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Renal function and thromboprophylaxis in critically ill patients

Robinson and colleagues [1] recently examined the effective dose of enoxaparin for thromboprophylaxis in critically ill patients recorded over 24 hours. The study concluded that the standard dose of 40 mg led to subtherapeutic anti-factor Xa activity (aFXa) and 60 mg daily was optimal. The high rate of thromboembolic disease observed in critically ill patients could thus be explained by inadequate aFXa with the standard 40 mg dose.

Low molecular weight heparins (LMWHs) are renally excreted and Robinson and colleagues excluded patients receiving renal replacement therapy as this may have influenced aFXa [1]. Douketis and colleagues [2] documented that excessive anticoagulation did not occur with prophylactic doses of dalteparin in critically ill patients with severe renal impairment. However, in a study of two different prophylactic LMWHs in elderly patients with impaired renal function, enoxaparin but not tinzaparin accumulated over 8 days [3]. The pharmacokinetics of different LMWHs varies [3, 4], and excessive anticoagulation over time might occur with a 60 mg daily dose of enoxaparin, especially if renal function is impaired.

Perturbations of renal function may also explain why standard dose enoxaparin is subtherapeutic in many critically ill patients [1]. Fuster-Lluch and colleagues [5] reported that 30% of patients show augmented renal clearance during the first week of critical illness. Typically, those with supranormal creatinine clearance were postoperative patients or had sepsis or trauma. This patient group is hypercoagulable and at high risk of thromboembolic disease; however, augmented renal clearance would reduce the effectiveness of LMWHs. The optimal prophylactic dose of LMWHs in critical illness is probably, therefore, best determined by monitoring of aFXa.

Authors' response

Sian Robinson, Palle Toft and Thomas Strøm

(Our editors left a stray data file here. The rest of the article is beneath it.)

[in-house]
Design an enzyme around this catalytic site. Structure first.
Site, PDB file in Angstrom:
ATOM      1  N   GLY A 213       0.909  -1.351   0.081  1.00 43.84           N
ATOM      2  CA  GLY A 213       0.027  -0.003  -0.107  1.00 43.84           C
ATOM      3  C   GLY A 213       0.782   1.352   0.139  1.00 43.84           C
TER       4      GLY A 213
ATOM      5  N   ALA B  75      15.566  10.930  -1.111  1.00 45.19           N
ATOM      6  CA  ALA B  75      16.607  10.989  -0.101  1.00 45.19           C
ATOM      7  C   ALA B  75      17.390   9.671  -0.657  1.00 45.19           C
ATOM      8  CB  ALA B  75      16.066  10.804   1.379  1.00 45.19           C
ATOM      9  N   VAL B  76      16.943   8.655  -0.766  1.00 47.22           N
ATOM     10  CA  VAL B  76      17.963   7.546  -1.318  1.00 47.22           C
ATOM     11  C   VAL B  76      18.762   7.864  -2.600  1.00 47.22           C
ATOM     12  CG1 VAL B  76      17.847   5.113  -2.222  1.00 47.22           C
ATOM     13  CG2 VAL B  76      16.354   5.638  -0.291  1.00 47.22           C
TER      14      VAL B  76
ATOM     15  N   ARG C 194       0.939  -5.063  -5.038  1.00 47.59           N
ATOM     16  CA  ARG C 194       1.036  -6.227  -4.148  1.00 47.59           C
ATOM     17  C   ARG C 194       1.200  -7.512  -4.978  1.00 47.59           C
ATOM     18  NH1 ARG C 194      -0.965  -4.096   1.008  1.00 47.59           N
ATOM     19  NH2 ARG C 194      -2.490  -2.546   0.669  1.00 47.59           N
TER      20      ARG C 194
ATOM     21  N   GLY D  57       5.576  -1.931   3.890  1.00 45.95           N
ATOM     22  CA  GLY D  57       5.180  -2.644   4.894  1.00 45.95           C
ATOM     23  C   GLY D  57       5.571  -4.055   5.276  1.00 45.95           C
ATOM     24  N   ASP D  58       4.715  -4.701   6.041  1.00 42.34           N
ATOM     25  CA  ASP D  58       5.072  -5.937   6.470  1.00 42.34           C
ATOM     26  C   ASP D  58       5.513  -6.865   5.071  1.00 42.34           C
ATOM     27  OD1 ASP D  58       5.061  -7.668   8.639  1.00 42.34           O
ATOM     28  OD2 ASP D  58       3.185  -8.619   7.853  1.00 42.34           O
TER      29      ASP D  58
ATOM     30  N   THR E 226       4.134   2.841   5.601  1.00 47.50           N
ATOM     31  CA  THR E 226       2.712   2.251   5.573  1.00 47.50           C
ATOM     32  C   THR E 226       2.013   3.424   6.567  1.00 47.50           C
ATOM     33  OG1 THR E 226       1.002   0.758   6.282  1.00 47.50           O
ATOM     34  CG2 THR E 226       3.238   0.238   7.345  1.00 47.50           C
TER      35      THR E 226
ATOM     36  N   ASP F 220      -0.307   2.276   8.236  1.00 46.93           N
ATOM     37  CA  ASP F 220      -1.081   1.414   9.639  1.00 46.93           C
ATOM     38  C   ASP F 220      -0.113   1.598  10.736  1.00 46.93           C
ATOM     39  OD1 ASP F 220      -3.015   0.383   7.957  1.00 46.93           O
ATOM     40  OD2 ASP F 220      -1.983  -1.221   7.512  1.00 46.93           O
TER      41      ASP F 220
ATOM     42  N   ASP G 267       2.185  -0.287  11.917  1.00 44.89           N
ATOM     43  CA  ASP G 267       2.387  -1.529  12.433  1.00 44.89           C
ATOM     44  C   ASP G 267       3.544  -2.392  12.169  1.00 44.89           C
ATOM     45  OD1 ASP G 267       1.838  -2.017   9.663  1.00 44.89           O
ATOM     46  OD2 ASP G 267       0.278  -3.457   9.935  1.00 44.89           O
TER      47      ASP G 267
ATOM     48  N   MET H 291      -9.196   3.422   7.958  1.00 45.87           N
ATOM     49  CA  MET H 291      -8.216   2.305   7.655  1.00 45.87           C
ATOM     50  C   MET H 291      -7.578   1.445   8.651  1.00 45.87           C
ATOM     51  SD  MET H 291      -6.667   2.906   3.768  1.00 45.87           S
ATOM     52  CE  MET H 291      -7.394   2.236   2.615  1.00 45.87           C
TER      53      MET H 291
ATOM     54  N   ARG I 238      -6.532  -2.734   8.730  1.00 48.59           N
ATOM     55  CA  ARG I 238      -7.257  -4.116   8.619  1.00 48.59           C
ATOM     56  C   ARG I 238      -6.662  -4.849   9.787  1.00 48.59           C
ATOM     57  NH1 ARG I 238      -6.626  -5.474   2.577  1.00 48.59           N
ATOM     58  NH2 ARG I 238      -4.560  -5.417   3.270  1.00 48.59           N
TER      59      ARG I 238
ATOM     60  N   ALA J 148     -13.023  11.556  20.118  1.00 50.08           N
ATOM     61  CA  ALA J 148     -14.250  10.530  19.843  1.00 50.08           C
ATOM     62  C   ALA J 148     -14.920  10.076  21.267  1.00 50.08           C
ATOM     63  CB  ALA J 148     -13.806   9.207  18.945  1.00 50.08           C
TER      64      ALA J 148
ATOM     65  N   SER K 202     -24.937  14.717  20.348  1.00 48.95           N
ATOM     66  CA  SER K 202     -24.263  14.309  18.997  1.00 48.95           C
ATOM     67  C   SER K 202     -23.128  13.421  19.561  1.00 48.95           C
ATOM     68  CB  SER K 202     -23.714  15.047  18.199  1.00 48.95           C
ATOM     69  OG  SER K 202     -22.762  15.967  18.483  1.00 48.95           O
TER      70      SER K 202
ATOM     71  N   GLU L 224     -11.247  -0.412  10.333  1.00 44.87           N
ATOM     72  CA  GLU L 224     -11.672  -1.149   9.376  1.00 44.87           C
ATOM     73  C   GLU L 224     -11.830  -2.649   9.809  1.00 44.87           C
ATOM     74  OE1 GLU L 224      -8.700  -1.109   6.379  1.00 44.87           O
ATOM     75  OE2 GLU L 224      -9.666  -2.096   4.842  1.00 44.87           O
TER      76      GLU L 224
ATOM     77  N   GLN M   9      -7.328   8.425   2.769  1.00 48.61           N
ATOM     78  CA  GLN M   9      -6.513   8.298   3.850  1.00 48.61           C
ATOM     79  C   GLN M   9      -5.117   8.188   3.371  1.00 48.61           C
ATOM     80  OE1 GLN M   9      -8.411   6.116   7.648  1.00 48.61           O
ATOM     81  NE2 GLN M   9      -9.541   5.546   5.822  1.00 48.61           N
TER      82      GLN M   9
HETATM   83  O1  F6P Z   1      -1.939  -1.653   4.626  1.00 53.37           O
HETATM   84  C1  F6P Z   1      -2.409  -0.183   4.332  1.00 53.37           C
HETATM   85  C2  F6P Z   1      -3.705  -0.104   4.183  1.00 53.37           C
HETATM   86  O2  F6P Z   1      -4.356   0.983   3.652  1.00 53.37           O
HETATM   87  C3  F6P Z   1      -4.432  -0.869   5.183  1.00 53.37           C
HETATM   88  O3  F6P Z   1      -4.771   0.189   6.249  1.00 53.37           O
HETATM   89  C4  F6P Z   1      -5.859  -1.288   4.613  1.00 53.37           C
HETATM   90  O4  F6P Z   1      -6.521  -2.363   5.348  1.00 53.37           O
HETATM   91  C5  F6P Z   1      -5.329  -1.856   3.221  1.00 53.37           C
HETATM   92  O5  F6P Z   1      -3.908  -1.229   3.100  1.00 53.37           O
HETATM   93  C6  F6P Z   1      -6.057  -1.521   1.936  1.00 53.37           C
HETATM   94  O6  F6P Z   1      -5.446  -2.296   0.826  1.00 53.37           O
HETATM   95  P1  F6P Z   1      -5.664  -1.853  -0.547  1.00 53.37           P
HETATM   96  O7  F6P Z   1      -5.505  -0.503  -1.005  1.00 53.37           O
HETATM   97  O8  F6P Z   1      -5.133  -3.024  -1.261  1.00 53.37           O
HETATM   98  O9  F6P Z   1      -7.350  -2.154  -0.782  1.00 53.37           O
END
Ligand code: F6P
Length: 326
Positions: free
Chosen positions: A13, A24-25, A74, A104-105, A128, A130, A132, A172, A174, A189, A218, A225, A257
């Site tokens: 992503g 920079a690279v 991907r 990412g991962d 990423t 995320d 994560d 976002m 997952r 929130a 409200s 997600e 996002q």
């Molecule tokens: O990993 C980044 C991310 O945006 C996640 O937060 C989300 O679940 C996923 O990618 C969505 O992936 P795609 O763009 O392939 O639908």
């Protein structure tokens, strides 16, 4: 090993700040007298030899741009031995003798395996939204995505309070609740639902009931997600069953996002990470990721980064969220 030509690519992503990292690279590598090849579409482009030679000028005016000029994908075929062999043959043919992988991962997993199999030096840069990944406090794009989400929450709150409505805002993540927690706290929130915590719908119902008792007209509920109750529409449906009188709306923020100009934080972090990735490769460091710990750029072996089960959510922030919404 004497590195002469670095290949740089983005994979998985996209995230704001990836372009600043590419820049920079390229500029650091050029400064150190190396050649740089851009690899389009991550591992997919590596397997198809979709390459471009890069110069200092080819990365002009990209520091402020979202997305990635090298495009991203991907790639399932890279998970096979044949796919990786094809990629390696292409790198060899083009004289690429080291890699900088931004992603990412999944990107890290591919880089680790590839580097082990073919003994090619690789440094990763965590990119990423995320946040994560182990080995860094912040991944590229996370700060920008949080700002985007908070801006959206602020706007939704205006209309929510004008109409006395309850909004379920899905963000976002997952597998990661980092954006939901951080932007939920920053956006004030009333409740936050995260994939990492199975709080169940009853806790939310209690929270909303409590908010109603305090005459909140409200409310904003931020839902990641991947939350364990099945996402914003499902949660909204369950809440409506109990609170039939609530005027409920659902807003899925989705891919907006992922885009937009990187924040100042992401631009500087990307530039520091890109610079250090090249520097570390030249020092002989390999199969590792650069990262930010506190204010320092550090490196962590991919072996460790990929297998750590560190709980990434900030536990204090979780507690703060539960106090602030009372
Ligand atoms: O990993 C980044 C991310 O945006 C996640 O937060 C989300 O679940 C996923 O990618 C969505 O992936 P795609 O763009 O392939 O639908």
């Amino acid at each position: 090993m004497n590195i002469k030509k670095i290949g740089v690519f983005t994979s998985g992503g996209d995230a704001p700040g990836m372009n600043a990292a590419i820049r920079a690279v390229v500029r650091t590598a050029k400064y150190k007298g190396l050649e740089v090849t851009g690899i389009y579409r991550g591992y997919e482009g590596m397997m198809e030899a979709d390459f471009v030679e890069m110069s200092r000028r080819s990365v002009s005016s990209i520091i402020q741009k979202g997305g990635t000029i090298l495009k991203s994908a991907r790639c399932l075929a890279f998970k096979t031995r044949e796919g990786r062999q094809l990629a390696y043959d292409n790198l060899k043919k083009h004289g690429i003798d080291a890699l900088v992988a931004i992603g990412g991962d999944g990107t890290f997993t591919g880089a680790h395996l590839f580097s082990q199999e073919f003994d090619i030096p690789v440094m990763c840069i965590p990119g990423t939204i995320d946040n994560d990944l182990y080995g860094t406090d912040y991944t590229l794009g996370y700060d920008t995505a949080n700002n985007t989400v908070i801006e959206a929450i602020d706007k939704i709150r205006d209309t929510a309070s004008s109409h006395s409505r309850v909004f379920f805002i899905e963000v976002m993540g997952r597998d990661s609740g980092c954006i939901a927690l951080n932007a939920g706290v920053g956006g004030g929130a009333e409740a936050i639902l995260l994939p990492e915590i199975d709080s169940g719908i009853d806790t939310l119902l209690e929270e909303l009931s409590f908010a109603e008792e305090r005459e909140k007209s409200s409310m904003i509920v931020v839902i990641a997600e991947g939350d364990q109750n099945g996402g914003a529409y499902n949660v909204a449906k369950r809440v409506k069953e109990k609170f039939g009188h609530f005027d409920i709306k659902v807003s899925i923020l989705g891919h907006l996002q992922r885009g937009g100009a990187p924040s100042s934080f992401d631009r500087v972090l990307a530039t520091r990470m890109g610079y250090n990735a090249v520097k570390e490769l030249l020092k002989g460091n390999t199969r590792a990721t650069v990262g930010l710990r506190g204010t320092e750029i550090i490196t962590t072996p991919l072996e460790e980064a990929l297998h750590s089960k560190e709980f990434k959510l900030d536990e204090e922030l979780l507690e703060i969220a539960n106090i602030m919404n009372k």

We thank Dr Scholey and colleagues for the careful reading of our paper, and agree that the problem of prophylactic anticoagulation in this patient population is a complex one. Whilst our study seems to support the theory of inadequate dosage being a possible mechanism for the higher failure rate of enoxaparin in ICU patients, we acknowledge that there may be other possible mechanisms at play. Scholey and colleagues point to augmented renal function in particular, while still other researchers have implicated the presence of multiple organ dysfunction syndrome, obesity, and the use of vasopressors as likely culprits [6].

Conversely, Dr Scholey and colleagues note that renal impairment may lead to the bioaccumulation of a 60 mg dose of enoxaparin. In fact, renal impairment may lead to enoxaparin accumulation at standard doses [7], and most authorities advocate avoidance of LMWHs in this patient population [8]. Such patients were thus excluded from our study. However, patients with renal impairment do account for a sizeable portion of ICU clientele, and it is incongruous to attempt the establishment of guidelines for the use of LMWH prophylaxis in ICU patients, whilst continuing to exclude this important subgroup.

aFXa is only a surrogate parameter, one that has never been conclusively shown to be directly related to clinical outcome [9, 10]. We are currently at the design phase in a study intended to determine whether the improved aFXa levels associated with 60 mg enoxaparin will translate into fewer venous thromboembolic events without the concomitant risk of increased bleeding episodes.



anti-factor Xa activity


low molecular weight heparin.


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Correspondence to Matt P Wise.

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Scholey, G.M., Saayman, A.G., Hingston, C.D. et al. Renal function and thromboprophylaxis in critically ill patients. Crit Care 14, 416 (2010).

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  • Renal Impairment
  • Enoxaparin
  • Critical Illness
  • Multiple Organ Dysfunction Syndrome
  • Dalteparin